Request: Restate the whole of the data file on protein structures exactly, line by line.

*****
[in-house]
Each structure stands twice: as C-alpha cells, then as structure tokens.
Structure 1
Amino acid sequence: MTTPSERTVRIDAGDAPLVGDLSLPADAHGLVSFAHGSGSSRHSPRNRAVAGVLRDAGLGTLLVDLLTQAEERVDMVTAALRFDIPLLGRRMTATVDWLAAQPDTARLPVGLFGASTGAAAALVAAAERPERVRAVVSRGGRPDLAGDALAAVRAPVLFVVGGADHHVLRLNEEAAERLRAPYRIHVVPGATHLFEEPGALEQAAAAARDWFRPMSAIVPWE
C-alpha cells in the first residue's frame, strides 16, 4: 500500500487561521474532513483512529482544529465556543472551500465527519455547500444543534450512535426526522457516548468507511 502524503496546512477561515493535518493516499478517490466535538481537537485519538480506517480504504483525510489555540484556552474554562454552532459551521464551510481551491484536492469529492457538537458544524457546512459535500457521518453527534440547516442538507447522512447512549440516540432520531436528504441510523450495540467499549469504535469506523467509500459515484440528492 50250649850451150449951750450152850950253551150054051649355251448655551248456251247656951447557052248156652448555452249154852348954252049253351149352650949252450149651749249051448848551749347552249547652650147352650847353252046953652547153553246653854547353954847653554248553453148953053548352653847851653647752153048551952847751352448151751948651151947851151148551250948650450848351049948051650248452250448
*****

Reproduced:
[in-house]
Each structure stands twice: as C-alpha cells, then as structure tokens.
Structure 1
Amino acid sequence: MTTPSERTVRIDAGDAPLVGDLSLPADAHGLVSFAHGSGSSRHSPRNRAVAGVLRDAGLGTLLVDLLTQAEERVDMVTAALRFDIPLLGRRMTATVDWLAAQPDTARLPVGLFGASTGAAAALVAAAERPERVRAVVSRGGRPDLAGDALAAVRAPVLFVVGGADHHVLRLNEEAAERLRAPYRIHVVPGATHLFEEPGALEQAAAAARDWFRPMSAIVPWE
C-alpha cells in the first residue's frame, strides 16, 4: 500500500487561521474532513483512529482544529465556543472551500465527519455547500444543534450512535426526522457516548468507511 502524503496546512477561515493535518493516499478517490466535538481537537485519538480506517480504504483525510489555540484556552474554562454552532459551521464551510481551491484536492469529492457538537458544524457546512459535500457521518453527534440547516442538507447522512447512549440516540432520531436528504441510523450495540467499549469504535469506523467509500459515484440528492 50250649850451150449951750450152850950253551150054051649355251448655551248456251247656951447557052248156652448555452249154852348954252049253351149352650949252450149651749249051448848551749347552249547652650147352650847353252046953652547153553246653854547353954847653554248553453148953053548352653847851653647752153048551952847751352448151751948651151947851151148551250948650450848351049948051650248452250448